Variations on the policy that jumpstarted Germany’s decade-long boom in rooftop solar systems are taking root in more cities in the United States.
The policy, called a feed-in tariff, offers small-scale producers of solar energy long-term contracts (usually at above-market rates) for the electricity they sell. Last week, the Sacramento Municipal Utility District, which serves 1.4 million people, approved a feed-in tariff that allows homeowners with solar panels a chance to sign up for 10, 15 or 20 years of guaranteed payments. The policy will take effect next January. The city of Gainesville, Fla., adopted a feed-in tariff this spring, as did Vermont. Washington state also has such a policy, and Hawaii is currently considering one.
While feed-in tariffs are most closely associated with solar photovoltaic panels, utilities managing the programs in Vermont and Sacramento will also pay a set price for electricity generated from other renewable sources, like wind.
The Sacramento program is open to homeowners who are not participating in another program, called net metering, which allows anyone whose system is producing more electricity than they need to sell the excess back to the utility, thus reducing their electric bill. But once their bill falls to zero, the homeowner gets no more money from the system.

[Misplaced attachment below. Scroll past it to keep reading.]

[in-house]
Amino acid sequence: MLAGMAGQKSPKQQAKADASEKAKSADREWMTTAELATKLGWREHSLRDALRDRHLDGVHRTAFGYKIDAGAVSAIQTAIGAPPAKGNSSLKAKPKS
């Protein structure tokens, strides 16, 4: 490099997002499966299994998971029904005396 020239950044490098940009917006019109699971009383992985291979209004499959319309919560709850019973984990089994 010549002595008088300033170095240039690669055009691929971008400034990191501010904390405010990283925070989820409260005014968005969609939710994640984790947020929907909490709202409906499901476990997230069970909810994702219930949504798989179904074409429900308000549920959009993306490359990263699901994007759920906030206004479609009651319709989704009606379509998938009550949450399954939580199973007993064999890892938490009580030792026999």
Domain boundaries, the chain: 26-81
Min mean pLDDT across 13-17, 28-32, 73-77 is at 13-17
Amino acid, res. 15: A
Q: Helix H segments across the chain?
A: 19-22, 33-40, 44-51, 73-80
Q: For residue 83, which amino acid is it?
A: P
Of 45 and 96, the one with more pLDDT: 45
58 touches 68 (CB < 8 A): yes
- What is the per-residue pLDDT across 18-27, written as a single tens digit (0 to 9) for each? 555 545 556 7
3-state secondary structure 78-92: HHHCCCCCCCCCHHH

Jon Bertolino, a spokesman for the Sacramento utility, said that customers with land to spare had been asking whether, if they put up small solar farms, the utility would buy the excess electricity.
As long as they are not part of the net-metering program and not seeking the $2.80-per-watt ratepayer subsidy for their new panels under the state’s “Million Solar Roofs” program, Mr. Bertolino said, small generators can sell their power to S.M.U.D. The rates would depend on the time of day the power is generated, ranging from a low of 5 or 6 cents a kilowatt-hour to 30 cents on a hot summer afternoon; the size of eligible systems is capped at 5 megawatts (and the program overall has a 100-megawatt cap).
The Vermont law caps the size of individual systems at 2.2 megawatts. Solar energy fetches a fixed price of 30 cents a kilowatt-hour, and other forms of renewables fetch lower rates.